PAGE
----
Kongsvegen and Kronebreen
Kongsvegen ("Kings Way") and Kronebreen ("Crown Glacier") share a common tidewater terminus at the head of Kongsfjorden, providing an inspiring view from Ny-Ålesund. They originate from separate icefields, the former flowing NW from a shared ice-divide with glaciers in Isfjorden, and the latter flowing SW and west from the icefield of Holtedahlfonna. Kronebreen currently dominates the terminal zone and is a totally crevassed fast-flowing glacier (measured velocities of 700 m/yr). In contrast Kongsvegen is a surge-type glacier in an almost stagnant state, having very few crevasses and a well developed supraglacial stream network. Kongsvegen last surged around 1948, when it extended several kilometres down the fjord, cut-off Kronebreen and reached Ossian Sarsfjellet. All photos from 14. July 2009 unless otherwise mentioned.
Calving fronts of Kongsvegen, Kronebreen and Kongsbreen seen from the south; telephoto aerial view taken during a flight from Longyearbyen to Ny Ålesund; 13. July 2009 (JA).
Aerial view of a group of ice-dammed lakes on a pass between Uvêrsbreen (lower left) and Kongsvegen (centre); 13. July 2009 (JA).
Near-vertical aerial view on to the calving front. The reddish colour of the seawater is caused by a plume of iron-rich sediment delivered by a submarine stream outlet (JA).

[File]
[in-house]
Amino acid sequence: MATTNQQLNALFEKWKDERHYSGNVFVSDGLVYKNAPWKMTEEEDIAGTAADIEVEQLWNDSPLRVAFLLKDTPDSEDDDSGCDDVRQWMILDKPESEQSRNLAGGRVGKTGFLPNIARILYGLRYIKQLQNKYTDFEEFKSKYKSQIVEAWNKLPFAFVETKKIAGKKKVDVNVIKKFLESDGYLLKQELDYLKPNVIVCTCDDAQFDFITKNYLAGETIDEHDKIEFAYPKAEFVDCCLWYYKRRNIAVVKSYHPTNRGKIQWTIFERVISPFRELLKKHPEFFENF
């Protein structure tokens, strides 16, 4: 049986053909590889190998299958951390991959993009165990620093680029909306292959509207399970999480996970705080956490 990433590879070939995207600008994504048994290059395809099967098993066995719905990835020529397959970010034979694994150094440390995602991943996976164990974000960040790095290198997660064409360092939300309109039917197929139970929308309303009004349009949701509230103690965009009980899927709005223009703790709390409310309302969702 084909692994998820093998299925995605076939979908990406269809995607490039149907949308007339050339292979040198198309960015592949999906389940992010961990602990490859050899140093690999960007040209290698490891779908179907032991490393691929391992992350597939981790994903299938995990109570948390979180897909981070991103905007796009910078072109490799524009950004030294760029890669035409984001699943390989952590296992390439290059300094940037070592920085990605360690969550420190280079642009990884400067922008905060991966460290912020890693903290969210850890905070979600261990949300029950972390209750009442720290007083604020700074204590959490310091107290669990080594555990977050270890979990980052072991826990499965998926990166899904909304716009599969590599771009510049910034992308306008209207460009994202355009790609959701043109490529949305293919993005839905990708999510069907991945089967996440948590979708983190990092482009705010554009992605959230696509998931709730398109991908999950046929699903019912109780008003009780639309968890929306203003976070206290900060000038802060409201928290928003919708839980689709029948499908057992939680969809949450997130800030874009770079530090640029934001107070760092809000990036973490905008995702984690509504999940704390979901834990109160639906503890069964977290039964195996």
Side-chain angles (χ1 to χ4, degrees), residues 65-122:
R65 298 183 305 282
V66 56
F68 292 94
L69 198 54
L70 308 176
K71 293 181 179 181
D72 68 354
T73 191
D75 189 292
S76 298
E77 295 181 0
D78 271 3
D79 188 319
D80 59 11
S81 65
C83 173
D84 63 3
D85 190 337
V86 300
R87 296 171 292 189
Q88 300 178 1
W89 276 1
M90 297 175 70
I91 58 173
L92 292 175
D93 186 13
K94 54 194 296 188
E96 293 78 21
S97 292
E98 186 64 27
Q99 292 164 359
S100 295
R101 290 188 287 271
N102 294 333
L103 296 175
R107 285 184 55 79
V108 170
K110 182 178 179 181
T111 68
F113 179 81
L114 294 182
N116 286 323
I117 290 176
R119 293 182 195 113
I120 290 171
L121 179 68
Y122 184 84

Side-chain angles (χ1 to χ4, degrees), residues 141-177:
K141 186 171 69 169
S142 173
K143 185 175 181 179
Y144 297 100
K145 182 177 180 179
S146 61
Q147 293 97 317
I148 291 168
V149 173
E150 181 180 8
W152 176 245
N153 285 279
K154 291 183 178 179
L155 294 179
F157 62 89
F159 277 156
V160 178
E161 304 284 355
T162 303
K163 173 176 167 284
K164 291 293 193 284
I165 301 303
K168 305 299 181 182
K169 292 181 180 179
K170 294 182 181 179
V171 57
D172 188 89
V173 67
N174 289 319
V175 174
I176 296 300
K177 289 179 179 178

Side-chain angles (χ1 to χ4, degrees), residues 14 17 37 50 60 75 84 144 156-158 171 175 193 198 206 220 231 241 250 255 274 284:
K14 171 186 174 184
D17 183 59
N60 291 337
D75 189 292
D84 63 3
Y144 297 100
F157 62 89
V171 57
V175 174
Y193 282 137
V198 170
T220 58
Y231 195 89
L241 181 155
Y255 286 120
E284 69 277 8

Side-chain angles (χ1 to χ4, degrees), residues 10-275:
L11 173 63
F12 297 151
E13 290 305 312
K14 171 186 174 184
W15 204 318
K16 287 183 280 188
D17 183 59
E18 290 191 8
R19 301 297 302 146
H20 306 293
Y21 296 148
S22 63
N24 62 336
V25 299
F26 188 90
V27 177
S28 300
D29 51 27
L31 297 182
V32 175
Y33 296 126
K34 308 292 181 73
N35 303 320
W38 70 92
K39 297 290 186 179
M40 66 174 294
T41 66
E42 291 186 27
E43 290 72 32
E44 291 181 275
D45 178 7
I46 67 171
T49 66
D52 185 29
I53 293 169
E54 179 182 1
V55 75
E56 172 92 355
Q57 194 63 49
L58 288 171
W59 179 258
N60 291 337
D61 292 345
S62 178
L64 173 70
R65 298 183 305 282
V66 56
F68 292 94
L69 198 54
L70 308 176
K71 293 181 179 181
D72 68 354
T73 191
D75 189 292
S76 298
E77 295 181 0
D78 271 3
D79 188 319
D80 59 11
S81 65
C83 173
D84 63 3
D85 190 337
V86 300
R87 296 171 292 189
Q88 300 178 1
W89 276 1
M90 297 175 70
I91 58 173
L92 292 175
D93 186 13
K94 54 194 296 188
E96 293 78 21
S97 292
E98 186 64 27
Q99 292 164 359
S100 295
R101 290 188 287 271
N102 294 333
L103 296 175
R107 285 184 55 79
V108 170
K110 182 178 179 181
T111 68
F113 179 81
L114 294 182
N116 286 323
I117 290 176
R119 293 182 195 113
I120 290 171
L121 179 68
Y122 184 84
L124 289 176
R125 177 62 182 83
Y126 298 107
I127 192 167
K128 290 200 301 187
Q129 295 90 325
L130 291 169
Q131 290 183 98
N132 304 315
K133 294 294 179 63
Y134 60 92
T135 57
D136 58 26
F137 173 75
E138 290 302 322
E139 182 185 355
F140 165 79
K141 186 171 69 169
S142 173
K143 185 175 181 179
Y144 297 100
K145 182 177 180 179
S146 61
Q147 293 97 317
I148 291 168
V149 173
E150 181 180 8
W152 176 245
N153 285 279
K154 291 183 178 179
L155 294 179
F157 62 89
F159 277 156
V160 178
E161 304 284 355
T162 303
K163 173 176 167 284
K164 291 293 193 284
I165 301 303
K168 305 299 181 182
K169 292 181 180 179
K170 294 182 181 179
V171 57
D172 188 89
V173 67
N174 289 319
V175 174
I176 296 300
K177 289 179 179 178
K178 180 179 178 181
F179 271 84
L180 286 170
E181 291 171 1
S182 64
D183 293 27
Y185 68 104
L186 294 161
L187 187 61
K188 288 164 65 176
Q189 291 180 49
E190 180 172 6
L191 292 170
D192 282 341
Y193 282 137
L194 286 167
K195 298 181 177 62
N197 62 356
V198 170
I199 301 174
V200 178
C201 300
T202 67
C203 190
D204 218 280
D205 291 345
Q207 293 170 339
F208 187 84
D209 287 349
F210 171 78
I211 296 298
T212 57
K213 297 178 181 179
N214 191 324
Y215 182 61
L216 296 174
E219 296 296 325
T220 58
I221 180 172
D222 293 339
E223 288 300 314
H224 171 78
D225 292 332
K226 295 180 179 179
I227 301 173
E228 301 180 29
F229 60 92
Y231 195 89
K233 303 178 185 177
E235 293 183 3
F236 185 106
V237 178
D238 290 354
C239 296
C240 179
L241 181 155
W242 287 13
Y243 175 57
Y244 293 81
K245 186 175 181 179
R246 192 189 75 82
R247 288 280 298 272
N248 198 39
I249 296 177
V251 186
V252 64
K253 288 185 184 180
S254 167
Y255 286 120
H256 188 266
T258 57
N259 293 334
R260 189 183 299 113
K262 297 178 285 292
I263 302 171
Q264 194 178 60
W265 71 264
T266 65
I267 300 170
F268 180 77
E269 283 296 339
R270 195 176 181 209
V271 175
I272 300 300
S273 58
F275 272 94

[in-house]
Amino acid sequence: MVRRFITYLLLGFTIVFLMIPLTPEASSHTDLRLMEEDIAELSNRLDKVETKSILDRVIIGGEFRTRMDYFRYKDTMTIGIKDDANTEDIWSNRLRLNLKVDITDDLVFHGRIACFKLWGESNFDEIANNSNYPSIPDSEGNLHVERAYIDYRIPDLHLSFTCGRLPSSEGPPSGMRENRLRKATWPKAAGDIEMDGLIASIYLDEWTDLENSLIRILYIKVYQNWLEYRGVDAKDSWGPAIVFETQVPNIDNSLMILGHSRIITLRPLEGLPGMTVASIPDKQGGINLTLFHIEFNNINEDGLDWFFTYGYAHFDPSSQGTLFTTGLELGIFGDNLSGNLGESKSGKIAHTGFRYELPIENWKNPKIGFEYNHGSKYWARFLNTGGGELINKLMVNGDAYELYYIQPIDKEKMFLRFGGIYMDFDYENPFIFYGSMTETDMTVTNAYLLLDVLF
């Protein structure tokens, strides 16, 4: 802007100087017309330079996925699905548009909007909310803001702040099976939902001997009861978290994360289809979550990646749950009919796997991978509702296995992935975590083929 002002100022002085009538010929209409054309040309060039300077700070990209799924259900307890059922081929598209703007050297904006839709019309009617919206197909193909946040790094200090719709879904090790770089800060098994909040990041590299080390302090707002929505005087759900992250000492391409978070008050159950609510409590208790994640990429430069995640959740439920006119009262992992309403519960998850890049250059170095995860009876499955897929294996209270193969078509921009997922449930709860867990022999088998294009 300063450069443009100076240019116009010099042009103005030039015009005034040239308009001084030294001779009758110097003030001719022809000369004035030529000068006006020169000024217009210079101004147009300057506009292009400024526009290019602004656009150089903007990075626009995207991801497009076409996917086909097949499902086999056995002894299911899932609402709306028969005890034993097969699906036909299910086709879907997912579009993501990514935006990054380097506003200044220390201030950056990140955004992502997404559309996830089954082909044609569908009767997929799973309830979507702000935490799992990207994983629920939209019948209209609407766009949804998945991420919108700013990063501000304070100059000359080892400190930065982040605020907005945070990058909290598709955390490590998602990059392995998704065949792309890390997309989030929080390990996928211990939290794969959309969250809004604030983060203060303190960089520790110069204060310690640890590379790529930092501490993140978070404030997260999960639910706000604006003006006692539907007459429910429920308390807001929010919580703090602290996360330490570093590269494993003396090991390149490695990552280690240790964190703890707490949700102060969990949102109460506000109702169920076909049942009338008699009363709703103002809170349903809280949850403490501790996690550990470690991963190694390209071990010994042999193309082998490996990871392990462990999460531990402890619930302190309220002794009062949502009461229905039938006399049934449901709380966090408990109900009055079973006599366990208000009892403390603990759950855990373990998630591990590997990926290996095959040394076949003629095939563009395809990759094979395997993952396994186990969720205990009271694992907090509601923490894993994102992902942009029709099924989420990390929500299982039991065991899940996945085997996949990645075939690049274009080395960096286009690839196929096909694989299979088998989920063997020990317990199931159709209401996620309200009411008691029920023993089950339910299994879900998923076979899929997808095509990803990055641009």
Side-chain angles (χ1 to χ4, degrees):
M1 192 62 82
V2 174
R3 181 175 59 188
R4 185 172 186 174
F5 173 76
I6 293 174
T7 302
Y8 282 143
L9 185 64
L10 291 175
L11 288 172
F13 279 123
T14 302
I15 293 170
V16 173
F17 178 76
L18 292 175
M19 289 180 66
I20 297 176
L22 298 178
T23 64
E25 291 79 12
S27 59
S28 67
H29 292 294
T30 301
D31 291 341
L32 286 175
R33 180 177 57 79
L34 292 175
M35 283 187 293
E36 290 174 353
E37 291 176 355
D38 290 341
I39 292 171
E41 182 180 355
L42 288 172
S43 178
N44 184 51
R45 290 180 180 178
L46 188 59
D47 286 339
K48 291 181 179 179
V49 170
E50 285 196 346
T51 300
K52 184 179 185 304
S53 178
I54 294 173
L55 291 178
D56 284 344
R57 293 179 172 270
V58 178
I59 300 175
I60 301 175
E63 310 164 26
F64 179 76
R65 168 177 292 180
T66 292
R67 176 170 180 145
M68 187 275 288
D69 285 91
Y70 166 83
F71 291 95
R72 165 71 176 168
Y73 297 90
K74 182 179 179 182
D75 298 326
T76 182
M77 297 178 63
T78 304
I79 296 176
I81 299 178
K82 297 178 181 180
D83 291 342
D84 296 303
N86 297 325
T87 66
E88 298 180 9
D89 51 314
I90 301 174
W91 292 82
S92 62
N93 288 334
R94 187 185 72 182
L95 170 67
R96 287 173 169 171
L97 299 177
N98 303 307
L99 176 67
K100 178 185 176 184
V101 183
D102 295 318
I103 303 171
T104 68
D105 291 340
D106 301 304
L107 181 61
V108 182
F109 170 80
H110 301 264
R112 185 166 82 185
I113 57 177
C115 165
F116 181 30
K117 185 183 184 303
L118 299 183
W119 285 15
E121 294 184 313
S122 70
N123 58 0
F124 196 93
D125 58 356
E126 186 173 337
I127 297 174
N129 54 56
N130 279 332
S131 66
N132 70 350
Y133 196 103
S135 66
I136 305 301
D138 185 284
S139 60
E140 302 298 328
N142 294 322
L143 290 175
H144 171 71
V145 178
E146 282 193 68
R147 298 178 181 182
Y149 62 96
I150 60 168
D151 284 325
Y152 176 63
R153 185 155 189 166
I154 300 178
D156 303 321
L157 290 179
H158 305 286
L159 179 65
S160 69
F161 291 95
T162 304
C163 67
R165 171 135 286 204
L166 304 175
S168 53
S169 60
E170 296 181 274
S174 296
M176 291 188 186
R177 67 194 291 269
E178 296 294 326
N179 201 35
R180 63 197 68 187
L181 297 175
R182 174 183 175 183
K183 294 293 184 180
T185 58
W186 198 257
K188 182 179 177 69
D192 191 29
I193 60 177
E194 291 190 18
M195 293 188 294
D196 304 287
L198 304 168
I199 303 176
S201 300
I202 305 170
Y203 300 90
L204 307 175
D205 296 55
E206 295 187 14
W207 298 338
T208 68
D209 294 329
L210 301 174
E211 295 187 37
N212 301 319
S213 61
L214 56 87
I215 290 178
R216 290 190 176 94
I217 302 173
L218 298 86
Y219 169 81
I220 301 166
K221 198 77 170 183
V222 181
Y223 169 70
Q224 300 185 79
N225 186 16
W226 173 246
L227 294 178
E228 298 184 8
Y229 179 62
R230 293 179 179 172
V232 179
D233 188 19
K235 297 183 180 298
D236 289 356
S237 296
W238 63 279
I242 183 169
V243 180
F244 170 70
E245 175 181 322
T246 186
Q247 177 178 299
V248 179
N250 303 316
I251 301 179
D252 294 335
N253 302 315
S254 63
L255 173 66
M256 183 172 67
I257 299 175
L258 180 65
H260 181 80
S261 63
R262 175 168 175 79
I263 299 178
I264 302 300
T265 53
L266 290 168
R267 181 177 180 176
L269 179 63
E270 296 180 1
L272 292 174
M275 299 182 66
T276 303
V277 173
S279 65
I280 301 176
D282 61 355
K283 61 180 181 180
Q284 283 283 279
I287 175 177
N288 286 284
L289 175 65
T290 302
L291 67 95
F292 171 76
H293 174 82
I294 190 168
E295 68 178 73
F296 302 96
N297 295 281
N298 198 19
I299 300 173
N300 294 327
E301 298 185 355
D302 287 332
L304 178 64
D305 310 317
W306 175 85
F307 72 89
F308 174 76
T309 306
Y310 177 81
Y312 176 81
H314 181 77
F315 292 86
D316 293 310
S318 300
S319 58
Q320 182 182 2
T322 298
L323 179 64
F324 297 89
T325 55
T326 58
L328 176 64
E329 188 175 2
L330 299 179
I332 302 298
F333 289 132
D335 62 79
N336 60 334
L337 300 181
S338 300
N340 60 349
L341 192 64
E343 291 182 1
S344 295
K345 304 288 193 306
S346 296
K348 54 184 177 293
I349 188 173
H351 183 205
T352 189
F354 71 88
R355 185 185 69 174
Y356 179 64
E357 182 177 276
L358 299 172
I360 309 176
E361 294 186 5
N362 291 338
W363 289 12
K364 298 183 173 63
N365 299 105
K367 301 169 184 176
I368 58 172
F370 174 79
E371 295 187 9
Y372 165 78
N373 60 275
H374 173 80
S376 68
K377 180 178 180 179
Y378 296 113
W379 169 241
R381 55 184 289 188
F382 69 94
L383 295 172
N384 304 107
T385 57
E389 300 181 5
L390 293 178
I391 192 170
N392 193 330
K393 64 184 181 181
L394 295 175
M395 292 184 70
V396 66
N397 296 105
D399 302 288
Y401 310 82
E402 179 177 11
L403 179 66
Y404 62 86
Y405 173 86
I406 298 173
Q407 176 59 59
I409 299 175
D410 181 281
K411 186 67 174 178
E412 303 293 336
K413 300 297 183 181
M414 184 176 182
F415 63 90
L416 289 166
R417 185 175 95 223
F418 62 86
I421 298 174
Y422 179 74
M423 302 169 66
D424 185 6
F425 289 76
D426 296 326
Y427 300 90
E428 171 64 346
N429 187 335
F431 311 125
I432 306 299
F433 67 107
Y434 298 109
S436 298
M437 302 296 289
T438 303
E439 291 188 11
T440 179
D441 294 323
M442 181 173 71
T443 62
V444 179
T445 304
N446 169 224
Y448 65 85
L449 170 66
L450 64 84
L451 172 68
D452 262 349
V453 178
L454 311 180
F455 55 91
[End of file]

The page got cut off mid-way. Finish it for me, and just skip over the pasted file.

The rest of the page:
Ground view of the calving front of Kongsvegen on 14. July 2009; seagulls are attracted by nutrients in the glacial runoff and rich marine life (JA).
Panoramic view of Kronebreen (centre) and Kongsvegen (far right), viewed from the end moraine produced by the latter during its 1948 surge (JA).
Medium telephoto of the Kronebreen glacier front from the same viewpoint showing the heavily crevassed nature of this glacier (JA). Dronningfjella (1264 m) is the highest peak in the background (JA).
Telephoto of the zone of convergence between heavily crevassed Kronebreen (left) and Kongsvegen (right), with medial moraines (JA).
Outlet stream from Kongvegen cutting deeply into a newly formed ground-line fan which developed in the last decade (JA).
Supraglacial drainage on Kongvegen is deeply incised into the glacier before plunging over a waterfall into the sea (JA).
This vertical layering is foliation with debris, which forms as a result of shearing between two ice flow units (JA).
A small calving event at the front of Kongsvegen causes a considerable splash and... (JA).
...startles a group of seagulls which take to the air immediately (JA).
The dark blue shallow cavern is fresh ice containing debris, and contrasts markedly with the foliated weathered ice surrounding it (JA).
An ice-cored moraine ridge, comprising reddish sediment dervived from red Carboniferous sandstone and conglomerate. It is located in front of Kongsvegen and is subject to rapid marine erosion (JA).
Meltwater pond with by ice-cored moraine, the reddish water reflecting high ferric iron content of the Carboniferous rocks surrounding it (JA).
A calm day at Kongsvegen / Kongsbreen; the beach in the foreground shows signs of wave action after calving events. The hill is Collethogda, made up of horizontal Carboniferous strata, with reddish rocks at the base (JA).
Looking back at the calving front of Kongsvegen and Kronebreen whilst returning to Ny-Ålesund after a day exploring the terminus of these two fine glaciers (JA).
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